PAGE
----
... should allow for a pro rata holiday entitlement and should be paid as no more than 12.07% of annual earnings, (the amount a full time worker would receive).
Mrs Brazel is employed by the Harpur Trust to work at one of its schools as a visiting music teacher.
She is employed on a zero hours contract and is entitled to the equivalent of 5.6 weeks' annual leave per academic year. Part time employees receive pro rata holiday entitlement and pay per year to receive the same percentage as their full-time equivalents.
Full time employees receive 5.6 weeks holiday leave and pay calculated as 12.07% of annual pay. (The calculation is 5.6 weeks holiday/46.4 working weeks in a full time 52 weeks per year contract = 12.07%). This calculation is used by ACAS and others as it ensures fairness between full timers and part-timers.
Mrs Brazel sought to rely on section 224 of the Employment Rights Act (ERA) which sets out the method to calculate the weekly pay of an employee with no normal working hours. Her case was that she was entitled to 5.6 weeks' holiday pay based on her average weekly pay over the 12 weeks actually worked by her, immediately prior to the relevant holiday being taken. This would have provided more pay than the 12.07% calculation.
The Harpur Trust argued that the entitlement to 5.6 weeks holiday per year should be pro-rated where the employee works fewer weeks than 46.4 weeks a year. If someone worked 26 weeks per year for example, they should receive 2.8 weeks holiday. 12.07% as a method of calculating holiday pay is a recognised way to ensure pro rating works effectively and full and part-time workers are treated equally.
The Employment Tribunal (ET) agreed with the employer, accepting that the amount of holiday entitlement should be pro-rated in light of both her part-time and term-time only working pattern.
The ET rejected Mrs Brazel's argument that she was entitled to holiday pay in accordance with section 224 ERA. The ET found that this 12 week calculation would have entitled her, who had only ever worked between 32 to 35 weeks a year, to the same 5.6 weeks holiday pay as someone who worked full-time. This would provide for an actual 17.5% of holiday pay being more generous than for someone who work 46.4 weeks per year.
Surprisingly, the Employment Appeal Tribunal (EAT) allowed the appeal, finding that:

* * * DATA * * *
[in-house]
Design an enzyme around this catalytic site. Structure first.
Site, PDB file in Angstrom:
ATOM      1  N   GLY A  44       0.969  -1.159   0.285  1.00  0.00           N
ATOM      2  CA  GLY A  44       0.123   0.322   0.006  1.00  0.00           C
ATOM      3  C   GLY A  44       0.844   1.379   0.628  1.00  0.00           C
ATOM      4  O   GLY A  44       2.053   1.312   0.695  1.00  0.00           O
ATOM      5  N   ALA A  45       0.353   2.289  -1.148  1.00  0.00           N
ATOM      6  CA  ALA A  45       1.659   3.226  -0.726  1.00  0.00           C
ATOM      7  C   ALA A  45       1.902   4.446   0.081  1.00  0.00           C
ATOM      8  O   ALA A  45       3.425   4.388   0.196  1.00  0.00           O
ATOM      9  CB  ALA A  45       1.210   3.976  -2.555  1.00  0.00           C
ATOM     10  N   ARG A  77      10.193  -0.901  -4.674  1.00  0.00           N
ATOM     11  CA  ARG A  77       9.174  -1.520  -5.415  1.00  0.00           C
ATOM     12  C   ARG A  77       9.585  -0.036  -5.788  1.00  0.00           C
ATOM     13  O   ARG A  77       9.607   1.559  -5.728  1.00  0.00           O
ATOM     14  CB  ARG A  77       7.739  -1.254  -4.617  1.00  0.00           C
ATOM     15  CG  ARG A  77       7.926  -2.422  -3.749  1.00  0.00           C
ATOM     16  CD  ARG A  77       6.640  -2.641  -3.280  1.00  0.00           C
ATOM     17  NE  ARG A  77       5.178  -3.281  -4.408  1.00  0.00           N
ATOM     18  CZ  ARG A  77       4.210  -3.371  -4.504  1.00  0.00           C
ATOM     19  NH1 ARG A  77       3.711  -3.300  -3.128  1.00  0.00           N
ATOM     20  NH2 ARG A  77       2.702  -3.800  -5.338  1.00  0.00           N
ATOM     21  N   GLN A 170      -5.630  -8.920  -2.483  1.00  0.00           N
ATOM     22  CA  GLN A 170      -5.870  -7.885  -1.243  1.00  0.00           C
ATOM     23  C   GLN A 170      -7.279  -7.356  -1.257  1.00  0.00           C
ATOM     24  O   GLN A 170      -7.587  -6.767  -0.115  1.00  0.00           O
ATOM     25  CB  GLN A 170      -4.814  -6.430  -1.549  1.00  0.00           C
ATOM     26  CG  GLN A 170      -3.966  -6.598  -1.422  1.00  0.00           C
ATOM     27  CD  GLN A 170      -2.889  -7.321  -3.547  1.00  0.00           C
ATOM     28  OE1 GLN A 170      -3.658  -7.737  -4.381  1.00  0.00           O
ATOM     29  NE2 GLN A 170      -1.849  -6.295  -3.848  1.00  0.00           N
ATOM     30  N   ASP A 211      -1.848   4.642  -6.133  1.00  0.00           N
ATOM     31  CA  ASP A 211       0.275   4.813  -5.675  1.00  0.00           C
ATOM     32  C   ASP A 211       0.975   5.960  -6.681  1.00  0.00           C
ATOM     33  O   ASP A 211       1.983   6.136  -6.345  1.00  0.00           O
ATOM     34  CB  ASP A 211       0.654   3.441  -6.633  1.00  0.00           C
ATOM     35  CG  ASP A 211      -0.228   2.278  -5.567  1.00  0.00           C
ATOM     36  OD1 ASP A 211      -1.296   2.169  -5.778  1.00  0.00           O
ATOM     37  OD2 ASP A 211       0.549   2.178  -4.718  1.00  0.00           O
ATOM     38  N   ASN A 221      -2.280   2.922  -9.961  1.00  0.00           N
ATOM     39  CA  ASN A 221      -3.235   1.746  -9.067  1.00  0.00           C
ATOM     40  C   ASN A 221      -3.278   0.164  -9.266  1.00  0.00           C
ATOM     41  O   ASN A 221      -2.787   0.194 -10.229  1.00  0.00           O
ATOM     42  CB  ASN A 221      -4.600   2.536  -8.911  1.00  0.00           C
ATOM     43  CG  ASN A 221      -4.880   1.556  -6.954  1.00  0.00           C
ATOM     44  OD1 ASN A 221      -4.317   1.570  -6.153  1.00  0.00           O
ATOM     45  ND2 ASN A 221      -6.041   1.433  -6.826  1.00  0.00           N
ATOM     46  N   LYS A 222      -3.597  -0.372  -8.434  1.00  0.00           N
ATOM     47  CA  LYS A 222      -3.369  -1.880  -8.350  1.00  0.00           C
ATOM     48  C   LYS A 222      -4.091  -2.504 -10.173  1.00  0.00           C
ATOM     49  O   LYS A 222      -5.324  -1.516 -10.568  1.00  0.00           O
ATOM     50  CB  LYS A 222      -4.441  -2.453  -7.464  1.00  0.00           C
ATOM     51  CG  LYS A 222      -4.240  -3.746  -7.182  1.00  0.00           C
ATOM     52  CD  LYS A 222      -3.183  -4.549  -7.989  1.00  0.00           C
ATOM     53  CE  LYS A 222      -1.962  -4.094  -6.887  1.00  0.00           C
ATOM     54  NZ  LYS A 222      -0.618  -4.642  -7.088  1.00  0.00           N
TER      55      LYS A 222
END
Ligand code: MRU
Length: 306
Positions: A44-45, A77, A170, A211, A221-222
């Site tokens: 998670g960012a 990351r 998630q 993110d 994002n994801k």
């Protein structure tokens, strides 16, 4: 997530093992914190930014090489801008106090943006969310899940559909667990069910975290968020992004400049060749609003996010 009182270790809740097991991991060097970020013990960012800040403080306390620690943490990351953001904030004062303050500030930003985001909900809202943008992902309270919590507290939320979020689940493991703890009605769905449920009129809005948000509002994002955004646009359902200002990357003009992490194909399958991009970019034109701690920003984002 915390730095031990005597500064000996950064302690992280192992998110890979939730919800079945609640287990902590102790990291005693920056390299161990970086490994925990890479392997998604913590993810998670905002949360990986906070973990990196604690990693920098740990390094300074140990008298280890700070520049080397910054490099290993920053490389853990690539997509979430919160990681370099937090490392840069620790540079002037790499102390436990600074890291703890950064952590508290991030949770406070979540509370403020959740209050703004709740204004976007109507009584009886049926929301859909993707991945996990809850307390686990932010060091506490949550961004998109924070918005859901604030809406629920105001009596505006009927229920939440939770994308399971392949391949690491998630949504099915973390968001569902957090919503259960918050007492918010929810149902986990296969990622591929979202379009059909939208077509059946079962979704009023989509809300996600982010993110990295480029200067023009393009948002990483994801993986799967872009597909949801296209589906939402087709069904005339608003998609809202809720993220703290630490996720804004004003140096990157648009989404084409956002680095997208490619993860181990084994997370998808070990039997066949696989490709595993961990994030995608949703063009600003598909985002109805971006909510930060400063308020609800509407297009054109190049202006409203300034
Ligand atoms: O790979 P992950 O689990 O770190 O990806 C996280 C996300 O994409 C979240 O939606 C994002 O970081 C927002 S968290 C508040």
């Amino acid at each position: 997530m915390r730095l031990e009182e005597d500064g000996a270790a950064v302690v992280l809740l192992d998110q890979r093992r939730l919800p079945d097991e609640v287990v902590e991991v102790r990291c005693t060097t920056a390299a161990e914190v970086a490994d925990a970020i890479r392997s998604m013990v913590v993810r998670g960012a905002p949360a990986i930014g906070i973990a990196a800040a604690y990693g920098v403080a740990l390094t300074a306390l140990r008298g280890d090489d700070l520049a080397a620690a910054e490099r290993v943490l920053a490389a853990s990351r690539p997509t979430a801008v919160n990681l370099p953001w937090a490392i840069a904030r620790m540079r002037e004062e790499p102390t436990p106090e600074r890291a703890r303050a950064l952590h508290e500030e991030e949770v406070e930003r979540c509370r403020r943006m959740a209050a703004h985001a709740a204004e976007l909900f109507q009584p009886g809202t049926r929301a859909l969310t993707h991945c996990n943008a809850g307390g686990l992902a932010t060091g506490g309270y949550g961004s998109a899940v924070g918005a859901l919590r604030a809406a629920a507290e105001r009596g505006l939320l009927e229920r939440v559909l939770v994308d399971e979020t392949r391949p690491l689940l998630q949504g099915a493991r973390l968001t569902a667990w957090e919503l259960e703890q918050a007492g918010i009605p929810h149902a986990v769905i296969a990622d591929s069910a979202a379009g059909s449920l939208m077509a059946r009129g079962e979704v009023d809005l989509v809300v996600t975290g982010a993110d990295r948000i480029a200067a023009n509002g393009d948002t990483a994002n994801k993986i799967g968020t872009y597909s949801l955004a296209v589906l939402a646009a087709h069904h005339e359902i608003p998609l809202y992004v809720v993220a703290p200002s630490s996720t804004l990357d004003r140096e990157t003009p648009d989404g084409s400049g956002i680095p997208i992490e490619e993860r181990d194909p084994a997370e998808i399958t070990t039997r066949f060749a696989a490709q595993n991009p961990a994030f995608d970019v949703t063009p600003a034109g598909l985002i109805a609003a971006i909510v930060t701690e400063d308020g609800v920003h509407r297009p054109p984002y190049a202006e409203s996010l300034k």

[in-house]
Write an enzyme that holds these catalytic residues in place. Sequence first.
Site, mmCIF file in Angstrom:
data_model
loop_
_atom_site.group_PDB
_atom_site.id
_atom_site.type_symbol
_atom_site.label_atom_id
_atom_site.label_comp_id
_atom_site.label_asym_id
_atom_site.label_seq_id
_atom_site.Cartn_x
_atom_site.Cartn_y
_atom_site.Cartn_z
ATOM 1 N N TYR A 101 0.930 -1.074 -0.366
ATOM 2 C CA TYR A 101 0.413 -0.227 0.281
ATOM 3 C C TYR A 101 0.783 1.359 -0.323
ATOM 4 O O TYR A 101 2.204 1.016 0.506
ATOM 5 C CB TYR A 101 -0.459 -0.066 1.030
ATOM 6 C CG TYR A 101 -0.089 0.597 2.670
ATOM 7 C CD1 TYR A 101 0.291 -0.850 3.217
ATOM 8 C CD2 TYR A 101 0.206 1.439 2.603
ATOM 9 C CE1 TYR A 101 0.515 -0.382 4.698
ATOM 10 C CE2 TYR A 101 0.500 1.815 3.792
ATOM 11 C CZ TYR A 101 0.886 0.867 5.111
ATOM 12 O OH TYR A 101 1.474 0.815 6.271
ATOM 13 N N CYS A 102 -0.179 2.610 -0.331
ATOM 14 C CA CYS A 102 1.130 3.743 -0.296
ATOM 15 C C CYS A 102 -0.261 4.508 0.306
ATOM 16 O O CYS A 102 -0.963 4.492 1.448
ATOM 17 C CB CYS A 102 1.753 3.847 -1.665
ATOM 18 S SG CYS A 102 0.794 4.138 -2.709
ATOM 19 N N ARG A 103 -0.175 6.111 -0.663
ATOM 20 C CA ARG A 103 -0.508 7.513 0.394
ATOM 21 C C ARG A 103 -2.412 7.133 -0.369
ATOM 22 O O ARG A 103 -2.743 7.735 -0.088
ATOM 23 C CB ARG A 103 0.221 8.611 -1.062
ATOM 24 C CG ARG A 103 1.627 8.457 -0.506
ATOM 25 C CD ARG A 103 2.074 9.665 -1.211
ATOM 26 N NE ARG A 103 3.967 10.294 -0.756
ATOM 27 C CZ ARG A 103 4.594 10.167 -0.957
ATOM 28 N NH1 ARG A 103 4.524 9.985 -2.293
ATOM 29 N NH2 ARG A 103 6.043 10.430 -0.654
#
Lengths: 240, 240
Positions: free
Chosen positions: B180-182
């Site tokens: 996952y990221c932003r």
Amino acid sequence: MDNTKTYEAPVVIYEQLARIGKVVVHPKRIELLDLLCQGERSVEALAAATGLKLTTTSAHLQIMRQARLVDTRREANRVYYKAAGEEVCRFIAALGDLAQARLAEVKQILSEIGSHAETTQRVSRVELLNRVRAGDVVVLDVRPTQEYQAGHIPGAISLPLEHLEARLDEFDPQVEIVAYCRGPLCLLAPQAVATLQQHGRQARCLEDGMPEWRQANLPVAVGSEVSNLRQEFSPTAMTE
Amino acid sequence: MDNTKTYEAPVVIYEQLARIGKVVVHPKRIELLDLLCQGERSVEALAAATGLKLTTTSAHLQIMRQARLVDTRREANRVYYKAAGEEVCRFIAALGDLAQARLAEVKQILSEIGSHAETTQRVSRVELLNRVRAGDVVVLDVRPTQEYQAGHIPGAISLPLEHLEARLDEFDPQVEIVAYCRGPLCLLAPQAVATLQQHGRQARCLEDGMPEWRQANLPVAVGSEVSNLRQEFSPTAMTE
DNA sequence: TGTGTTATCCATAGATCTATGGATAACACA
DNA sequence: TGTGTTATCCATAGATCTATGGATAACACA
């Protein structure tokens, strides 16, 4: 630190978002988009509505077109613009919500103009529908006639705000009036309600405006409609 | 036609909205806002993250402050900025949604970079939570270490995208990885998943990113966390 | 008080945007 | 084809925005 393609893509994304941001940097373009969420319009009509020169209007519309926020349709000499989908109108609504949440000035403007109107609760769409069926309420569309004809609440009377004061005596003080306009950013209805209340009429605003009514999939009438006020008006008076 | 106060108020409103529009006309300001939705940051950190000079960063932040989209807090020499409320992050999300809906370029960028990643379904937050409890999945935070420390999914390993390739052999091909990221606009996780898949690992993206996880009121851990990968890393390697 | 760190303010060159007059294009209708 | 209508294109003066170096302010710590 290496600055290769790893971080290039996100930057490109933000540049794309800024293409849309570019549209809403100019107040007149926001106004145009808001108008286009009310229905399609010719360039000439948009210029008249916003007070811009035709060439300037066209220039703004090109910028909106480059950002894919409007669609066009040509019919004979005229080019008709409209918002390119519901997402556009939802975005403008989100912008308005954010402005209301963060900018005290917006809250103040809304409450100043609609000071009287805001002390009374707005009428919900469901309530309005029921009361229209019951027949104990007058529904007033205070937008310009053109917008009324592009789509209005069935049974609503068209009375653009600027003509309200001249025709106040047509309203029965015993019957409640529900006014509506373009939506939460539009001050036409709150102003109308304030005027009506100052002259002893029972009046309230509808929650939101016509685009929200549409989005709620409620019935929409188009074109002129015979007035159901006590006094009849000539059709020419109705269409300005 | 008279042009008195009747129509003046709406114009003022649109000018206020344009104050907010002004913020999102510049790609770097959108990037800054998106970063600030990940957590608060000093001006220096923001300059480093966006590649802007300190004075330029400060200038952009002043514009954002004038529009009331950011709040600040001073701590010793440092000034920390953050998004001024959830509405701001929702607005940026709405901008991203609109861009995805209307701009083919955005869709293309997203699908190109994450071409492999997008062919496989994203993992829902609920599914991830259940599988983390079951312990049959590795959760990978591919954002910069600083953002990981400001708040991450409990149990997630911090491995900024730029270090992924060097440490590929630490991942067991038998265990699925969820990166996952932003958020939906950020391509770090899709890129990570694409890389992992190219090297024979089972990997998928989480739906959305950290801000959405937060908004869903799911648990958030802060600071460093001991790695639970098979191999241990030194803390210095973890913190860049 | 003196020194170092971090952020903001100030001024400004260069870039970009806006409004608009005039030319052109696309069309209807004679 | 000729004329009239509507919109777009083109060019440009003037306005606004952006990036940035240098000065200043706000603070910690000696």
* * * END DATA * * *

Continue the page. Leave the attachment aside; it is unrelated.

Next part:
The judge accepted that those working part of a week, will receive a pro rata holiday pay entitlement. The judge did not accept that those working part of the year, may have the same pro rating calculation applied to their holiday pay entitlement.
Whilst the 12.07% calculation of holiday pay is widely used, this judgment means that those who work part of the year will receive a higher percentage of holiday pay. The 12.07% calculation may not be used as a cap.
At the extreme, if someone worked 12 weeks, they would be entitled to a full 5.6 weeks of holiday pay, calculated as the average weekly pay over the 12 weeks actually worked achieving a significantly higher percentage of holiday leave and pay than a full time equivalent. (This will not apply to full and part time teachers on a salary scale and being paid a percentage of the full time equivalent salary though).
The wording of the contract of employment cannot avoid this liability. 5.6 weeks' holiday entitlement and pay is a statutory entitlement and cannot be avoided by contract drafting.
The Harpur Trust have sought leave to appeal the judgment.
Whilst an appeal is being processed, it is premature for employers to change current practices. Where workers raise any queries as a result of this case, they should be informed that the position is under review.
The judgment must however be considered in light of the recent European Court of Justice decision in King v Sash Window Workshop. This could mean that any underpayment of holiday pay could be backdated for more than two years, potentially to the start date of employment or 1998, the introduction of the WTR, whichever is the earlier.
Employers may wish to audit their current leave and pay entitlements for casual and zero hours staff to consider the implications of the judgment.
The EAT judgment as it currently stands does mean that contract wording cannot avoid its implications. It is through appeal that the position will be redressed. We will update you with further developments.